Nothing is more London than the London plane tree. Its gnarled branches finger the sky and its spreading leaves act as lungs for an increasingly polluted city.
Plane trees have been around for millions of years. Romans watered their roots with wine, endowing them with divine powers. Returning Greek armies gave alms in recognition of their power and under whose dappled, protective branches Hippocrates taught medical advances.
But that wasn’t our London plane whose origins are shrouded in mystery. We know the London plane is a hybrid of the Oriental plane and the Western (or American) Occidental plane, and that it only came into existence in the middle of the 17th century – but probably not in London.
Some say it came from Spain – hence it’s common name Platanus Hispanica – others that it came into being by hybridisation in the garden of John Tradescant in Lambeth or at the Oxford Botanic Garden, Britain’s oldest botanic garden where both Platanus orientalis and Platanus occidentalis were recorded by Jacob Bobart the Younger in 1676. However, a similar variety was also recorded in the Botanic Garden at Montpellier in France some years earlier – so take your pick.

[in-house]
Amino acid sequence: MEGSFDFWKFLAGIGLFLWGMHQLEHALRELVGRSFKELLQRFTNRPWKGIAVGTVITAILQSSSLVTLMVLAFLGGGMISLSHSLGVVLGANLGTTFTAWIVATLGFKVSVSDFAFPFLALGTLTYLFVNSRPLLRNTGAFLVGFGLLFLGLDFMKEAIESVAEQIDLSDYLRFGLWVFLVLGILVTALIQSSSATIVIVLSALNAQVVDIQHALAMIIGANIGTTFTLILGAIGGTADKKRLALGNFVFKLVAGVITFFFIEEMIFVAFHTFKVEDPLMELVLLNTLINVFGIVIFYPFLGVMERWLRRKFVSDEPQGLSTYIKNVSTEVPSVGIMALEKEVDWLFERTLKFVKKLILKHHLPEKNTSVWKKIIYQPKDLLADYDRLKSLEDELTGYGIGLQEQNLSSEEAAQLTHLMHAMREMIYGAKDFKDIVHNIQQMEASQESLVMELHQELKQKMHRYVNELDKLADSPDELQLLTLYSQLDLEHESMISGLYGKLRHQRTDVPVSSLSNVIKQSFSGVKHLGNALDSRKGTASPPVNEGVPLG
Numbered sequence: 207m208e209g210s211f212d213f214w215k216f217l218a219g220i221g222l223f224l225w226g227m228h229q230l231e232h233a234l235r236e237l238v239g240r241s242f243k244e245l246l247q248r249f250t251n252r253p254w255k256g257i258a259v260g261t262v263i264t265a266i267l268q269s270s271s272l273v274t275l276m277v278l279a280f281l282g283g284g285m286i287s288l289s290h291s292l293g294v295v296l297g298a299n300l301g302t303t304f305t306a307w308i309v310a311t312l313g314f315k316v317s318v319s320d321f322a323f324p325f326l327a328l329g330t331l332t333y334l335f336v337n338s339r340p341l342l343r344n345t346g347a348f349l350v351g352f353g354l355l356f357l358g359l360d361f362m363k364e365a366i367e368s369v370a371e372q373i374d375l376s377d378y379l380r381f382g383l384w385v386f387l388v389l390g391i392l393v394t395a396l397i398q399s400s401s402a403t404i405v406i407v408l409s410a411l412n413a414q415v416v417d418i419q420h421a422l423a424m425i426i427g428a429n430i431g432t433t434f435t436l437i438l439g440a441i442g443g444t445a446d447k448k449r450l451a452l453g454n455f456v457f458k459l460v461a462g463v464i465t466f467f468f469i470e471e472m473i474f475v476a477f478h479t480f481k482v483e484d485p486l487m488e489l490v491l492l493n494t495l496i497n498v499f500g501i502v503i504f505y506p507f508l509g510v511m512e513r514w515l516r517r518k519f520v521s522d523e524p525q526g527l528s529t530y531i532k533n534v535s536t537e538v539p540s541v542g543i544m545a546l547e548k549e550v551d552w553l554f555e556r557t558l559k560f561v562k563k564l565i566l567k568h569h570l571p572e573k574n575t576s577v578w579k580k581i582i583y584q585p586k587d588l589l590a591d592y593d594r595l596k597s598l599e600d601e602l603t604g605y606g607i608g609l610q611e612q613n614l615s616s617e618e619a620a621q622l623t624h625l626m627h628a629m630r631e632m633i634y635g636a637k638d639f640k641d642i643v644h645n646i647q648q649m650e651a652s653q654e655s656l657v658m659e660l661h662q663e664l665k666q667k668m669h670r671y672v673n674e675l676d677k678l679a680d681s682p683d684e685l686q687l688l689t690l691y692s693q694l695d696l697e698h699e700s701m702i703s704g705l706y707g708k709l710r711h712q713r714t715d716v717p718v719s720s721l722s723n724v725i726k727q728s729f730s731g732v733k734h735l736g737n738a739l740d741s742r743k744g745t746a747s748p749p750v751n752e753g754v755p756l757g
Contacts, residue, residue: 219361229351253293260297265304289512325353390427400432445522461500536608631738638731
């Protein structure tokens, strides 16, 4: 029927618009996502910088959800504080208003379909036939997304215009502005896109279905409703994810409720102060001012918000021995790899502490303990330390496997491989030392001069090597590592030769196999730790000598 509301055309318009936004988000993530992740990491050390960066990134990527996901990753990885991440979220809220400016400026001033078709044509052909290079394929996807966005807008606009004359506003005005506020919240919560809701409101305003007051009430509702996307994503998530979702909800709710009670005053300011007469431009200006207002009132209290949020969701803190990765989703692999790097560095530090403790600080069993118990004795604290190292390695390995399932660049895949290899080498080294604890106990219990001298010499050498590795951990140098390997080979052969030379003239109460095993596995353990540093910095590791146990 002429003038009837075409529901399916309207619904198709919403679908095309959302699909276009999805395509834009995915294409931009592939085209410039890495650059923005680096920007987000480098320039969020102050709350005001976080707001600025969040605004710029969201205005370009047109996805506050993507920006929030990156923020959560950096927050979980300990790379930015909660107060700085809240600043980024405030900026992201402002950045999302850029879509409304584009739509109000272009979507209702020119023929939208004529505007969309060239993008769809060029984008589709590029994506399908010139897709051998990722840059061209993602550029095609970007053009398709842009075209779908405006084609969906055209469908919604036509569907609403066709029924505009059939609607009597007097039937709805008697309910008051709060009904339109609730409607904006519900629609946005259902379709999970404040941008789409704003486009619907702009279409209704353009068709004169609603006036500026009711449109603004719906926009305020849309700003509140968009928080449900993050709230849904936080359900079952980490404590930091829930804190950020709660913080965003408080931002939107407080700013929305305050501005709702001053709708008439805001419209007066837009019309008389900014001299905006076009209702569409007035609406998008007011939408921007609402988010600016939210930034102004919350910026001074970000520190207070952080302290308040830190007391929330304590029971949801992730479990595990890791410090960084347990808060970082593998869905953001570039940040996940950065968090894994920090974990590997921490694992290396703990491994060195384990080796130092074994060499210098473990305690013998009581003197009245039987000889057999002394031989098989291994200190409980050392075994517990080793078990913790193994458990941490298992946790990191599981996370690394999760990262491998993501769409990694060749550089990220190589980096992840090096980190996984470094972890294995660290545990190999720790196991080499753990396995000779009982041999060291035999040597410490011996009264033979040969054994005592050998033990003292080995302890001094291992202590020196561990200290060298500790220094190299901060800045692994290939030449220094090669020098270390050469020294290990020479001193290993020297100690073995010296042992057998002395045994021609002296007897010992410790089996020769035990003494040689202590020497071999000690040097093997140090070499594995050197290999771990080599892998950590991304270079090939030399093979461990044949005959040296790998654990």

Sadly, the popularity of the plane tree is threatened. Thanks partly to the squeeze on council expenditure, the default tree for planting is no longer the plane but the ginkgo, which doesn’t need to be regularly pollarded and, having survived the Ice Age, and the age of the dinosaurs, has proved one thing beyond doubt – it has longevity on its side.
Number 1-90 in Vic Keegan’s Lost London series can be found here. The London plane tree in the photo, taken by Vic, is in Lincoln’s Inn Fields.
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